Defense Date


Graduation Date

Fall 2010


Immediate Access

Submission Type


Degree Name





School of Nursing

Committee Chair

Linda Goodfellow

Committee Member

Mary Ann Thurkettle

Committee Member

Suzanne Willard


Acquired immunodeficiency syndrome, Antiretroviral therapy, Cognitive-behavioral therapy, HIV, Psychoneuroimmunology, Side effects


Background & Purpose: Antiretroviral therapy (ART) for HIV/AIDS has led to significant improvements in survival and a reduction in AIDS-related morbidity. Adherence to regimens is vital, yet clinical observations and research have suggested that side effects are a significant reason for non-adherence. This randomized, controlled clinical trial was a pilot study sought to determine if a brief exposure cognitive-behavioral therapy (CBT) could reduce side effect symptoms in HIV/AIDS patients on ART.

Methods: 33 participants were randomized to standard adherence education alone or adherence education plus three sessions of CBT over a period of three months.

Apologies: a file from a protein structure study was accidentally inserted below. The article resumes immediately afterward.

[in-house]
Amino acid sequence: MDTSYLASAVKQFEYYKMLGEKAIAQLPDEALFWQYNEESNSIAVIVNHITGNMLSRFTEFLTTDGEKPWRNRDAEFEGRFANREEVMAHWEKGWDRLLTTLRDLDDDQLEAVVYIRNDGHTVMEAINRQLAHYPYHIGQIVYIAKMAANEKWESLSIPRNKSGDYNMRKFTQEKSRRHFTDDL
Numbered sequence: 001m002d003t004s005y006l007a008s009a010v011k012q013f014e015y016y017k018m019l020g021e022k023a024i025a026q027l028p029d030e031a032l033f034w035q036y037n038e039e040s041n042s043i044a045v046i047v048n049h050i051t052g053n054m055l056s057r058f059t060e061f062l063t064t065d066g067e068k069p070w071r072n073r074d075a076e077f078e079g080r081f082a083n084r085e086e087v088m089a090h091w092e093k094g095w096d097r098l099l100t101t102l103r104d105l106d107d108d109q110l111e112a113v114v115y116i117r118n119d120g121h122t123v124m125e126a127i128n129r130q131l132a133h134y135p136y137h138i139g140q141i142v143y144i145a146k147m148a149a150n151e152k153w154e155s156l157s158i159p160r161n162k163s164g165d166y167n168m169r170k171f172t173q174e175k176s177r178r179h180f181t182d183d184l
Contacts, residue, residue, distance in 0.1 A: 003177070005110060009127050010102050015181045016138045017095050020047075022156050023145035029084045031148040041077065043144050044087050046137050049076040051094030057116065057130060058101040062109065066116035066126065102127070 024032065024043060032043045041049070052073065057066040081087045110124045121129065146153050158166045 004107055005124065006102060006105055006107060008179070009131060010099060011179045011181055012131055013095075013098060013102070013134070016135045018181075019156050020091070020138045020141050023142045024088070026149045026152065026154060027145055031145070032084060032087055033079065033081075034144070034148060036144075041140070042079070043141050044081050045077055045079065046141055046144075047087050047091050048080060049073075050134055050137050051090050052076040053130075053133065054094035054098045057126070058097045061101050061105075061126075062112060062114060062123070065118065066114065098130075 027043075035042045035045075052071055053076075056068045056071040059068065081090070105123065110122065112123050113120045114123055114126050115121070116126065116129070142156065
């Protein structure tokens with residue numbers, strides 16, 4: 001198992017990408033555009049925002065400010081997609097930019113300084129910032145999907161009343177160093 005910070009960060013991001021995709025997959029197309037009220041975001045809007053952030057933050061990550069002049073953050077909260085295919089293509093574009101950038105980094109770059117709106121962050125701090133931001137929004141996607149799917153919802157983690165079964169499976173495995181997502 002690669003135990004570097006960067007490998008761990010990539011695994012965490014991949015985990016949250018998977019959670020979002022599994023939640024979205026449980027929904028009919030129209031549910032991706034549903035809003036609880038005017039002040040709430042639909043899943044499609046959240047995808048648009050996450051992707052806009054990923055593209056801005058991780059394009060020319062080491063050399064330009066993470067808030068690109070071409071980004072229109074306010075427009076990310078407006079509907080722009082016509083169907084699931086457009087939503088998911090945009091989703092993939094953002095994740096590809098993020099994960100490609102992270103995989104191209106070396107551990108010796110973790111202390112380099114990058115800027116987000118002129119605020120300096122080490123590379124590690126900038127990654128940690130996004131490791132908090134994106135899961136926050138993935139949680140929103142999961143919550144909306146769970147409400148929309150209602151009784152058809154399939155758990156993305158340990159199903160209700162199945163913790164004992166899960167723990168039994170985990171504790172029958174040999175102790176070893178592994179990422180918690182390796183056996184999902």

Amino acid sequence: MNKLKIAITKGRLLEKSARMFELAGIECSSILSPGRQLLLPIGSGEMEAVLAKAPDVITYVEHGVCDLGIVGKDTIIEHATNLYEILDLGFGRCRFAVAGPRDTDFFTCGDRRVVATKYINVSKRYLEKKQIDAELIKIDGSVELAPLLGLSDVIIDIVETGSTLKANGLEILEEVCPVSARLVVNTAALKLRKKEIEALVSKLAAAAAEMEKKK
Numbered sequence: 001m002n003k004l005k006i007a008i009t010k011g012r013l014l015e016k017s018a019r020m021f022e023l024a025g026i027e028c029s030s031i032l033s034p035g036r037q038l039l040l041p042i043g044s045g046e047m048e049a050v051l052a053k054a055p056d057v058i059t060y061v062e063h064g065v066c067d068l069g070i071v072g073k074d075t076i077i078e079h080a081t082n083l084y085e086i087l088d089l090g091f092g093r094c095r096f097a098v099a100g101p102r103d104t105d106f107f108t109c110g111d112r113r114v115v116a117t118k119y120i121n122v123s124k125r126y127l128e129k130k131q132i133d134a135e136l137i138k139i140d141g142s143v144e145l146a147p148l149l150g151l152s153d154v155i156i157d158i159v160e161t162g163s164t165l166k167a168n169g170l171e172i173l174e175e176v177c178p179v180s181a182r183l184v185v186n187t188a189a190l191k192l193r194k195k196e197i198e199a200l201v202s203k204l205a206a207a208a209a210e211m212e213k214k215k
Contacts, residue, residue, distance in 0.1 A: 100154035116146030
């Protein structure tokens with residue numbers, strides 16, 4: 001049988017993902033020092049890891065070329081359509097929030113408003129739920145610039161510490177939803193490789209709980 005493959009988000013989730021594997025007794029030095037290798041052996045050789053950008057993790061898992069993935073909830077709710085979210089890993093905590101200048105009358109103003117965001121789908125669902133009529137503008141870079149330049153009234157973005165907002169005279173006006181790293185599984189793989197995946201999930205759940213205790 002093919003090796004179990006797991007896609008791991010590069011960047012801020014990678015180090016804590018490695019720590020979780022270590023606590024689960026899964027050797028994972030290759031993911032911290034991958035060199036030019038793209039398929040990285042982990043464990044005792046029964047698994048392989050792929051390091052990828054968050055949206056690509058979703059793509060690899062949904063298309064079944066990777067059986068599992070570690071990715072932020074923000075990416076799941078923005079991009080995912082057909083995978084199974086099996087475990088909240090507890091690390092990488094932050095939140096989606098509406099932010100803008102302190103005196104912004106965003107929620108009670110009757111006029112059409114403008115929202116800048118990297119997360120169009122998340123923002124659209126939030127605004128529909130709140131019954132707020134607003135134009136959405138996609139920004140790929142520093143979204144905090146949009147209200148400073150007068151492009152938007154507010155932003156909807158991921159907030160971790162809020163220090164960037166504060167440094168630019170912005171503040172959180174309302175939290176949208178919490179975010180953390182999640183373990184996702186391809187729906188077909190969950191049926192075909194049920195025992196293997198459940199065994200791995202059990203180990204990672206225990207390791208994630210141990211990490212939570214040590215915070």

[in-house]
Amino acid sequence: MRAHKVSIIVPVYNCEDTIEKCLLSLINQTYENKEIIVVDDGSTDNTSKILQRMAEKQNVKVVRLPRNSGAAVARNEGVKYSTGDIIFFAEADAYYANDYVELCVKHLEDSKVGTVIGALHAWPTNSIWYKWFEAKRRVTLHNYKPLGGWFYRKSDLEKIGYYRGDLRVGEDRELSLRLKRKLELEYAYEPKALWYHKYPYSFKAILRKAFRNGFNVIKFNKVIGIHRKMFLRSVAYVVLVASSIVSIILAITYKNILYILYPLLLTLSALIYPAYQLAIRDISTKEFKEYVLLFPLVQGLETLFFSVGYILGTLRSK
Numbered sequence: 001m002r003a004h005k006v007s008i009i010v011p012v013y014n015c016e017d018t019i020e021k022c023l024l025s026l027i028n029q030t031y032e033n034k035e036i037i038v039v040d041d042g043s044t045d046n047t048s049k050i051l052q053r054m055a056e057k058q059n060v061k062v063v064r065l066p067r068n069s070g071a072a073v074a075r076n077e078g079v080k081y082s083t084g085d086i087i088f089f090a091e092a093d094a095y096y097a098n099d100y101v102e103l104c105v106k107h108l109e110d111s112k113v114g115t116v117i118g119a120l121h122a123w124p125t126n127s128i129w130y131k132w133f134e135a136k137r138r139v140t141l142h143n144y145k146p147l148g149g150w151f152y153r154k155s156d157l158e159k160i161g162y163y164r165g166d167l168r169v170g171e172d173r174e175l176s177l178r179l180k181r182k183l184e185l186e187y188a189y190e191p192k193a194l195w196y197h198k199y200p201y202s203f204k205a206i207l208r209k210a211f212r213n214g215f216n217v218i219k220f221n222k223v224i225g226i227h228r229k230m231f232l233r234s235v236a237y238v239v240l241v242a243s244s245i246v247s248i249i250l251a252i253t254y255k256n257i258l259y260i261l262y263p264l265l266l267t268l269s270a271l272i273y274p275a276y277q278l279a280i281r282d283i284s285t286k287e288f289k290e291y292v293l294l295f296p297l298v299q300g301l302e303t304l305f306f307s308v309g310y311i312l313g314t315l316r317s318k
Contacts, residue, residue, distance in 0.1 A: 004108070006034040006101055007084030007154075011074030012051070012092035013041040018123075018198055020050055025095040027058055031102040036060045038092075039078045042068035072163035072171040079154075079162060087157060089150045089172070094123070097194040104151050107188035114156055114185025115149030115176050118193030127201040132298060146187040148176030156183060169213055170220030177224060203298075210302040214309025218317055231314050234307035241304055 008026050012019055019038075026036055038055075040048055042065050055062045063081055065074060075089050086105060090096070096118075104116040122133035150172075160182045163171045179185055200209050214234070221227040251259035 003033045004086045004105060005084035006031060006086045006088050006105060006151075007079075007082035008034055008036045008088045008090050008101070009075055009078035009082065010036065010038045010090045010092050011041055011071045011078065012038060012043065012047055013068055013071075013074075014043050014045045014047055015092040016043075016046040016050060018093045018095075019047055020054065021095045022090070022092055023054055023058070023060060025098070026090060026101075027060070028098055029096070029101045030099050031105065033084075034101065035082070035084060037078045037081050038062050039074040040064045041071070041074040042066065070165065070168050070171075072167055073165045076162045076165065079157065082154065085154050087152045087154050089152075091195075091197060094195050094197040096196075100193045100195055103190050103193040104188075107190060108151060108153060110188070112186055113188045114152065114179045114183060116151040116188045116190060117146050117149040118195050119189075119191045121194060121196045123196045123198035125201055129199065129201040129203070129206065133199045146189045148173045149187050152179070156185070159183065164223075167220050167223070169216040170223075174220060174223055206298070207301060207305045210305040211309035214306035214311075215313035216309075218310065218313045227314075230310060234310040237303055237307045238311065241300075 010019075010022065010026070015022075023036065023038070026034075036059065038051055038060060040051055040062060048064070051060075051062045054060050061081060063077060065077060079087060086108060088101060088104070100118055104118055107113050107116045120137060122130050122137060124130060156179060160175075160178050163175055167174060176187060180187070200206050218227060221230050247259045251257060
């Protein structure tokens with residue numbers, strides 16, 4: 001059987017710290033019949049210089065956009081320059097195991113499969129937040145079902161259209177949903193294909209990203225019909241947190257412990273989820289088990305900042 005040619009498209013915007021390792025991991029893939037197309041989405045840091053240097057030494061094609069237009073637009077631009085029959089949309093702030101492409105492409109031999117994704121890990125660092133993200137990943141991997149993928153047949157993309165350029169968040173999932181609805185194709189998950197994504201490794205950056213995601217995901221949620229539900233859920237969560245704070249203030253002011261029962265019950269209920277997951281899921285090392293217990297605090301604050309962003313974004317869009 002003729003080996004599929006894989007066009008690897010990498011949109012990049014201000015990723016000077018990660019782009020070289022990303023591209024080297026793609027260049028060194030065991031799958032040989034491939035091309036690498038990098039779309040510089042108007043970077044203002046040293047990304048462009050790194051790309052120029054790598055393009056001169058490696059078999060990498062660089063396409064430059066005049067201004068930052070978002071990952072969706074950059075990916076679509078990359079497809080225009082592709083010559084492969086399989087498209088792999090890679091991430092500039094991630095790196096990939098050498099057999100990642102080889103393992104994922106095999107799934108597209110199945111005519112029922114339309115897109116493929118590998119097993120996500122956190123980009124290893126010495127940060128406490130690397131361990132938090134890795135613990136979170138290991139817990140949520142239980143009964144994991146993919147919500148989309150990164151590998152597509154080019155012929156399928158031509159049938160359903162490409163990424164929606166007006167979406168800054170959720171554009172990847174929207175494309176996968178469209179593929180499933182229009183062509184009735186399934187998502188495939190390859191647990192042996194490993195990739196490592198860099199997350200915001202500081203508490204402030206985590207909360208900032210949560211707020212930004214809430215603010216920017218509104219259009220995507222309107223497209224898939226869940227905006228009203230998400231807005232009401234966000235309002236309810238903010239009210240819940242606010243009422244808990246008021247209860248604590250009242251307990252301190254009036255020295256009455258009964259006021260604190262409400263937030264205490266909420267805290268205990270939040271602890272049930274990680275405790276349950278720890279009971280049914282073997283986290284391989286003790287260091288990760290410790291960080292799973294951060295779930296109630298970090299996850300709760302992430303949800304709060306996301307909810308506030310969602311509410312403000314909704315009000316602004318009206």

Results: Completing the study were 17 males and one female; whites, blacks, and Hispanics were represented in the sample. Mean duration of ART was over 200 weeks. Participants in the experimental group reported significantly less nausea and fatigue, compared to those in the control group (Mann-Whitney U, p < .05). There were no differences in adherence across the study, which was reported at > 94%. No differences in CD4 lymphocyte counts or viral load were observed between groups over the course of the study.

Discussion: Brief exposure to CBT training in male HIV/AIDS patients on ART appears to reduce side effect symptoms. Observations suggested that scheduling visits with the psychologist delivering the CBT sessions was an obstacle to continued participation. The use of side effect reducing medication was low in both groups. Increasing daily practice sessions was correlated with an increase in reported nausea scores. The reason for this observation is not known. A larger sample with more female representation is warranted to explore this intervention further. Referral for CBT to reduce side effect symptoms in such patients may be warranted.